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Non-covalent polymer wrapping of carbon nanotubes and the role of wrapped polymers as functional dispersants

View Article: PubMed Central - PubMed

ABSTRACT

Carbon nanotubes (CNTs) have been recognized as a promising material in a wide range of applications from biotechnology to energy-related devices. However, the poor solubility in aqueous and organic solvents hindered the applications of CNTs. As studies have progressed, the methodology for CNT dispersion was established. In this methodology, the key issue is to covalently or non-covalently functionalize the surfaces of the CNTs with a dispersant. Among the various types of dispersions, polymer wrapping through non-covalent interactions is attractive in terms of the stability and homogeneity of the functionalization. Recently, by taking advantage of their stability, the wrapped-polymers have been utilized to support and/or reinforce the unique functionality of the CNTs, leading to the development of high-performance devices. In this review, various polymer wrapping approaches, together with the applications of the polymer-wrapped CNTs, are summarized.

No MeSH data available.


Schematic drawing of the two different approaches for Pt growth, namely the direct growth (upper) and PBI-assisted growth (lower) method.
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Figure 27: Schematic drawing of the two different approaches for Pt growth, namely the direct growth (upper) and PBI-assisted growth (lower) method.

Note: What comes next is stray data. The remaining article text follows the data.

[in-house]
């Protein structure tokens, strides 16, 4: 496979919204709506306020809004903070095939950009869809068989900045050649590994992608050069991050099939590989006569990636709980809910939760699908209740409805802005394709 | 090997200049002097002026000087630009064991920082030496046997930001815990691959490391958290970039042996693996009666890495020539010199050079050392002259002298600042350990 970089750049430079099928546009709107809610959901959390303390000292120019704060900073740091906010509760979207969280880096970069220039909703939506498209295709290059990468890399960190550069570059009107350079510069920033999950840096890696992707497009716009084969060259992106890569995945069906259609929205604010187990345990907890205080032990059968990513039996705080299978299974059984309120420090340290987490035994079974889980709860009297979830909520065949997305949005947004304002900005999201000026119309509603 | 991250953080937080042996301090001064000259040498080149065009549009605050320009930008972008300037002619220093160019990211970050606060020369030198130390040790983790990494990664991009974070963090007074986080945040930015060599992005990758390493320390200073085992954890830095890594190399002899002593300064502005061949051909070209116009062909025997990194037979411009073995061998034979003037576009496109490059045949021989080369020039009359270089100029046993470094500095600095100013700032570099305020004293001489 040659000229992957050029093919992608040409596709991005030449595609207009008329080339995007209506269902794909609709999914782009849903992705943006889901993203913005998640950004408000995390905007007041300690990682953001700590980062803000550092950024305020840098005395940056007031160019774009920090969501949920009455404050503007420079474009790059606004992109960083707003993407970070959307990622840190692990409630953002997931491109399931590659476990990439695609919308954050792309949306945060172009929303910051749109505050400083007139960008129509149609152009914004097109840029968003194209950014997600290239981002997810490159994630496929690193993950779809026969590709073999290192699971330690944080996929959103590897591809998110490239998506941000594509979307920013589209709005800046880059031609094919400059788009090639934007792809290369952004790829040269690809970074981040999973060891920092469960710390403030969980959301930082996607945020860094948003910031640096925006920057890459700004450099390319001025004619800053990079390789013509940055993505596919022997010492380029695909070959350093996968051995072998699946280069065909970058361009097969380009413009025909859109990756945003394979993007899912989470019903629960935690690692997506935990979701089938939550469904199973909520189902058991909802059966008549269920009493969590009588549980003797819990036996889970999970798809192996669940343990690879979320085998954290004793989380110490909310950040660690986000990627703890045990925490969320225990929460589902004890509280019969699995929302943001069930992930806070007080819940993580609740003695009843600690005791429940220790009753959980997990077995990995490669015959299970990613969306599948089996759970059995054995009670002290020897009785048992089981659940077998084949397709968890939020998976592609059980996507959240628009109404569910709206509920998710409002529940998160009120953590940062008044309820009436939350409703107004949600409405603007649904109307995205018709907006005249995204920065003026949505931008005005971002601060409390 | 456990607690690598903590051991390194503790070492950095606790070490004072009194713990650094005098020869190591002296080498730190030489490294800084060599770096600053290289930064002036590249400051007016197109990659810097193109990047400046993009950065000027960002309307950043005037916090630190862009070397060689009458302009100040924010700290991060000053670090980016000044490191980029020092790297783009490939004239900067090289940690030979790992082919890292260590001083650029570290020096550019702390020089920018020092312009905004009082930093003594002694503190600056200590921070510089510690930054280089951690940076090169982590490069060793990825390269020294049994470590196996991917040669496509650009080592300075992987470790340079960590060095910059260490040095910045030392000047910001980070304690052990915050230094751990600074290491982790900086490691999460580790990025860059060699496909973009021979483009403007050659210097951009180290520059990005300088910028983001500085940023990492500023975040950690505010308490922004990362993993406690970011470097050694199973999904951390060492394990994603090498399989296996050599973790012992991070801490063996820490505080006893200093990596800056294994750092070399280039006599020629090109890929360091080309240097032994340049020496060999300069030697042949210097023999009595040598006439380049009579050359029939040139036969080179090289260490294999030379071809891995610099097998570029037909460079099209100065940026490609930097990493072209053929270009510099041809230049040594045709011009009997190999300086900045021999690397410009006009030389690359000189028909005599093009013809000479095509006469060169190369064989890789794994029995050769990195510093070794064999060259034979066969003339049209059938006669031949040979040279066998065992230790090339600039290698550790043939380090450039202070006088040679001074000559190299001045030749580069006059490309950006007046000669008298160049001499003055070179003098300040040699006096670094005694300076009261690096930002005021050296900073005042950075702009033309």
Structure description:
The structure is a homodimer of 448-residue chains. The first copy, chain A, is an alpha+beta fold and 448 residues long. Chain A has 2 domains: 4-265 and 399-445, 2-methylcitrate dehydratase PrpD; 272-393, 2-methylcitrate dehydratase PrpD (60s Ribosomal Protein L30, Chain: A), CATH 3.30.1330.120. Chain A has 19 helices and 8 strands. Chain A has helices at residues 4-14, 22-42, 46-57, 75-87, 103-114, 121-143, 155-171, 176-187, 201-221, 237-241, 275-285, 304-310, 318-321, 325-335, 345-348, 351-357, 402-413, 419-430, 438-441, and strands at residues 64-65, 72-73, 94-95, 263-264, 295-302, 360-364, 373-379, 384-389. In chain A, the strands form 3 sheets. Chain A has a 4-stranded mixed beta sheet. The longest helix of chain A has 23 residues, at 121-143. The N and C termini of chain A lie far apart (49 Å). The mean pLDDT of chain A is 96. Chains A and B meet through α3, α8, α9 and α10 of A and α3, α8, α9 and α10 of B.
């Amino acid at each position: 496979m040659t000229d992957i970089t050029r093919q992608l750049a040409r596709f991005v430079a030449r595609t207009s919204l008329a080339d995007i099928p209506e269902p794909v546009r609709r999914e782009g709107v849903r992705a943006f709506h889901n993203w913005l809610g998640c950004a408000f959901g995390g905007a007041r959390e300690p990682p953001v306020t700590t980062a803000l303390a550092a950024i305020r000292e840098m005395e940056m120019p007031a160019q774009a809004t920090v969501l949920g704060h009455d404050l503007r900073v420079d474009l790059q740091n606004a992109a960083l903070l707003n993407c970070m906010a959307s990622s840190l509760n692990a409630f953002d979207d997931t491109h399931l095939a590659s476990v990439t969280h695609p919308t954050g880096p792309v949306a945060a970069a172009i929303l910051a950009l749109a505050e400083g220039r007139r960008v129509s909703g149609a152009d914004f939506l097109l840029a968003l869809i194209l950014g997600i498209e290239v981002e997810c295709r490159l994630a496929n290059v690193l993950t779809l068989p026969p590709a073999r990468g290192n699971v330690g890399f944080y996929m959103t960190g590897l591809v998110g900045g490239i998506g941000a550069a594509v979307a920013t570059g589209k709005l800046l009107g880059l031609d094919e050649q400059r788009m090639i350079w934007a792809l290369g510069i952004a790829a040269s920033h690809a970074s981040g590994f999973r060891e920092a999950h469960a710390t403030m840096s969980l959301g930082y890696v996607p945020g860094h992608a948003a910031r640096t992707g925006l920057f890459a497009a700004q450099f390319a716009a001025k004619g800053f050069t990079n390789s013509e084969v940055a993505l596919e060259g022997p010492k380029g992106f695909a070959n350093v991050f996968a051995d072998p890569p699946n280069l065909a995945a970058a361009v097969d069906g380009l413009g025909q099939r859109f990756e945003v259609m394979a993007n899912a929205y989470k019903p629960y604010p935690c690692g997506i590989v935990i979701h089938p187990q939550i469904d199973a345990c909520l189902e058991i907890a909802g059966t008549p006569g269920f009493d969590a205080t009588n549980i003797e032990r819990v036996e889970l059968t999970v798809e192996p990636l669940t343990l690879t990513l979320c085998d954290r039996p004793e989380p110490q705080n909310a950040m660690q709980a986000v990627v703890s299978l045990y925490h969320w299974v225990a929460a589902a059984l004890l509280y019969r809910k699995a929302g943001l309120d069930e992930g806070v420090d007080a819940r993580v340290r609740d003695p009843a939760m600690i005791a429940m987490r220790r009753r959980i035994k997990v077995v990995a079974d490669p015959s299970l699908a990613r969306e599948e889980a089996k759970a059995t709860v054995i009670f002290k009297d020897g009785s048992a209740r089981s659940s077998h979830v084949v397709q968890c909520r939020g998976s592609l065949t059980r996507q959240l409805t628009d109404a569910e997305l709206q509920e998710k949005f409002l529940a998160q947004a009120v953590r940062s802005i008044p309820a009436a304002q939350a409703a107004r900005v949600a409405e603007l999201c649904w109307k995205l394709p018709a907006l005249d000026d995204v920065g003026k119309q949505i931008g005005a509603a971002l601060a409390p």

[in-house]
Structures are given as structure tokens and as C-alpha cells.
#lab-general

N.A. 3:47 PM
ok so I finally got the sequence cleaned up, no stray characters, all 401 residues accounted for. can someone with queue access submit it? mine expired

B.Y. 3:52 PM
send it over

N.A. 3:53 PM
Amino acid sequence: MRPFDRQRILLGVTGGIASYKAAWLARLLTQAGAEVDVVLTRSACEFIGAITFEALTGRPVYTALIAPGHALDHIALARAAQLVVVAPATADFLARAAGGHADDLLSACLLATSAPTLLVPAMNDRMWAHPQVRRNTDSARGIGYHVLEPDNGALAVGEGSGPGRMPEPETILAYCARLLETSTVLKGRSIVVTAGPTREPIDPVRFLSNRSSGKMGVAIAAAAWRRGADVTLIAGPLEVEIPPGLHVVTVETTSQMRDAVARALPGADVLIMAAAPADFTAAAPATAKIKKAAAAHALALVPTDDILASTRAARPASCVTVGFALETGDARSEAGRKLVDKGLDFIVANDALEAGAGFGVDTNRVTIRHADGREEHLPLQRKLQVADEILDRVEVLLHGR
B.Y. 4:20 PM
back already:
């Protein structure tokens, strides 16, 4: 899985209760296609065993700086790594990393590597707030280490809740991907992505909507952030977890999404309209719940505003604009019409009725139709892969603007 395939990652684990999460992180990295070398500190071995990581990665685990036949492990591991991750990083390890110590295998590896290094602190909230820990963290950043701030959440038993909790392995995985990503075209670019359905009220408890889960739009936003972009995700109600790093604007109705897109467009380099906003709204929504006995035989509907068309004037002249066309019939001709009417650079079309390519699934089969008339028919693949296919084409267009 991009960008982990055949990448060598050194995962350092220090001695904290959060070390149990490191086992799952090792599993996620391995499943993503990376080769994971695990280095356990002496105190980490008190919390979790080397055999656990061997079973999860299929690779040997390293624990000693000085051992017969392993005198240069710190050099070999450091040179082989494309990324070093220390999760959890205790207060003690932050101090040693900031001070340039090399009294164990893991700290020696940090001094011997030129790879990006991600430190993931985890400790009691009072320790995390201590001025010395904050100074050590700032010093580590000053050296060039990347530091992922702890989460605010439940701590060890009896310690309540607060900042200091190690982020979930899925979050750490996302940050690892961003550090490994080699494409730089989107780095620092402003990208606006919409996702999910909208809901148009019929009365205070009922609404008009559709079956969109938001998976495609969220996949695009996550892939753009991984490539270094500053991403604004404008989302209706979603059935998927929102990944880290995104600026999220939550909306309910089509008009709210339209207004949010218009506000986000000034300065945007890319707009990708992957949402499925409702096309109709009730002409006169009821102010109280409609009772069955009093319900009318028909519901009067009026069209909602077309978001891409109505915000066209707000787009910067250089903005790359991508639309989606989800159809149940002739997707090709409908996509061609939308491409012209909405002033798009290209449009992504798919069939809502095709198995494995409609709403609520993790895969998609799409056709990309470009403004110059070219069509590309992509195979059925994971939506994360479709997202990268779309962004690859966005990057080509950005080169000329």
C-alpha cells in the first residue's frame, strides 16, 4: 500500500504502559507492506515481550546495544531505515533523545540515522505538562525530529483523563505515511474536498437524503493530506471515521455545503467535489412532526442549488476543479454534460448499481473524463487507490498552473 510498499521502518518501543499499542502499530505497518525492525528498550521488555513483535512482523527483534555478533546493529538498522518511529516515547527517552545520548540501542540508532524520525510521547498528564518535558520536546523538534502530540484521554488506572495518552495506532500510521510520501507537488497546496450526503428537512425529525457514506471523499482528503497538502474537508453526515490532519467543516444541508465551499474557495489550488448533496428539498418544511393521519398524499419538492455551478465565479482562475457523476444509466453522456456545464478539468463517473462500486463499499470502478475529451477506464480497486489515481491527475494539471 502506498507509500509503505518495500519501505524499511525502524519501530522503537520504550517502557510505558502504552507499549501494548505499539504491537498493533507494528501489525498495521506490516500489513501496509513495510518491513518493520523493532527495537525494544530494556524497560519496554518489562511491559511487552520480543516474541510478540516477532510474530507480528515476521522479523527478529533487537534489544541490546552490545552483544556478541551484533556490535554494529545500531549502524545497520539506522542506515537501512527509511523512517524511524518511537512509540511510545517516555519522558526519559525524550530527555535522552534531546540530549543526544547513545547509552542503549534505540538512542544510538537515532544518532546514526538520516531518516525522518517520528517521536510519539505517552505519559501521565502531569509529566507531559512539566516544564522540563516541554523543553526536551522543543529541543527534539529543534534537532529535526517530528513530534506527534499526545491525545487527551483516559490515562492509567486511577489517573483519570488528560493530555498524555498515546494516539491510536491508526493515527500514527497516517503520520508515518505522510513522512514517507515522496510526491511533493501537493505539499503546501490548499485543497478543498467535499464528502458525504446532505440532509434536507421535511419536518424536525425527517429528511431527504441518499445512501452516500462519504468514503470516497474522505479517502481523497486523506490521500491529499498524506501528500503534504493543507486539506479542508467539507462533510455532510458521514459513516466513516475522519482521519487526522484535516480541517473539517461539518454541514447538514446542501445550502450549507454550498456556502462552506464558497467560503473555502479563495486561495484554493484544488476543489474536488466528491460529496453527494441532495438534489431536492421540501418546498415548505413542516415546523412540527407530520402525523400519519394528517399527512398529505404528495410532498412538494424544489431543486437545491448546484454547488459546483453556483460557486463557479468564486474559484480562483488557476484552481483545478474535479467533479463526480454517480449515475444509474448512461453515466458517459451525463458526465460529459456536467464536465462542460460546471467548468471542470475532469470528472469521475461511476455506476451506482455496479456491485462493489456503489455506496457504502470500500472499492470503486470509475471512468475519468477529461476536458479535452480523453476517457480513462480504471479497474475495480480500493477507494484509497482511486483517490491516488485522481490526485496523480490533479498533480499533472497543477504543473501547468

Mentions: CNTs are recognized as an ideal supporting material for catalysts used in electrocatalysts, especially for fuel cells due to their higher electrical conductivities [311, 312], lower impurities [313] and higher electrochemical durability [314–318] compared to conventional supporting materials such as carbon blacks (CBs). However, due to the lack of binding sites, such as –COOH and –OH groups, loading of the metal catalyst onto the surfaces of pristine CNTs has been rather difficult. Therefore, the strong oxidation of the CNTs was carried out to introduce the hydrophilic groups [311, 313, 316, 317, 319–325]. However, since the oxidation is known to severely damage the graphitic structure of CNTs and damage the excellent electrochemical stability, a novel methodology to load the catalyst onto the non-oxidized CNTs has been required to utilize the intrinsic electrochemical stability of the pristine CNTs. In this issue, the introduction of binding sites by polymer wrapping of the pristine CNTs offers a promising solution. Until now, CNTs wrapped by poly(allylamine hydrochloride) [326, 327], chitosan [328], PANI [329–331], PDDA [332, 333] and PPy [331, 334, 335] were successfully used to anchor metal nanoparticles onto the surfaces of the pristine CNTs. In our group, PBI-wrapped pristine CNTs were used for the loading of Pt-nanoparticles (figure 27) [59, 60] in which imidazole units in PBI acted as the binding sites for Pt ions through a coordination mechanism, and quantitative loading of the Pt was achieved by a conventional polyol method using an ethylene glycol aqueous solution, H2PtCl6, as the reducing agent and Pt salt, respectively. The thus-obtained composite (CNT/PBI/Pt) was employed as the electrocatalyst in a polymer electrolyte fuel cell (PEFC) for the first time. As a result of the durability tests using the cells, it was revealed that the fuel cell using PBI-wrapped CNTs showed a remarkable durability compared to the conventional cell using the CB as the supporting material. In this strategy, since PBIs are known to have an excellent proton conductivity after acid doping [336], the wrapping layer of PBI also functioned to fabricate the proton conduction pathway along with CNT networks in the electrocatalyst.